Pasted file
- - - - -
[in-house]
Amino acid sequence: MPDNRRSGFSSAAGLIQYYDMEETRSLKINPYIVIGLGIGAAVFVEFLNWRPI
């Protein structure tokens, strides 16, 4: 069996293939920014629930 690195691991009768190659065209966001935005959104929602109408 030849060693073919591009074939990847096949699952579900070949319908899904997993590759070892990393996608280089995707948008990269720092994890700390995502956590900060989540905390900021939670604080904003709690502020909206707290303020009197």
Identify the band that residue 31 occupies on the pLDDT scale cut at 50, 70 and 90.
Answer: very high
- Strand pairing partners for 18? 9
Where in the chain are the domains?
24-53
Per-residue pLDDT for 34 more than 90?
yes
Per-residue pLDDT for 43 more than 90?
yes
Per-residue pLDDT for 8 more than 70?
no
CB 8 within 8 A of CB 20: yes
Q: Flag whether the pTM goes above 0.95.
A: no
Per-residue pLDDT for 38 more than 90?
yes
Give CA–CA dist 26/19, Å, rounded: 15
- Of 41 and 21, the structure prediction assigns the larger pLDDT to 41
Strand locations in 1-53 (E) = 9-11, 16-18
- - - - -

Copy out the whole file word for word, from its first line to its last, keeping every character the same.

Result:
[in-house]
Amino acid sequence: MPDNRRSGFSSAAGLIQYYDMEETRSLKINPYIVIGLGIGAAVFVEFLNWRPI
């Protein structure tokens, strides 16, 4: 069996293939920014629930 690195691991009768190659065209966001935005959104929602109408 030849060693073919591009074939990847096949699952579900070949319908899904997993590759070892990393996608280089995707948008990269720092994890700390995502956590900060989540905390900021939670604080904003709690502020909206707290303020009197």
Identify the band that residue 31 occupies on the pLDDT scale cut at 50, 70 and 90.
Answer: very high
- Strand pairing partners for 18? 9
Where in the chain are the domains?
24-53
Per-residue pLDDT for 34 more than 90?
yes
Per-residue pLDDT for 43 more than 90?
yes
Per-residue pLDDT for 8 more than 70?
no
CB 8 within 8 A of CB 20: yes
Q: Flag whether the pTM goes above 0.95.
A: no
Per-residue pLDDT for 38 more than 90?
yes
Give CA–CA dist 26/19, Å, rounded: 15
- Of 41 and 21, the structure prediction assigns the larger pLDDT to 41
Strand locations in 1-53 (E) = 9-11, 16-18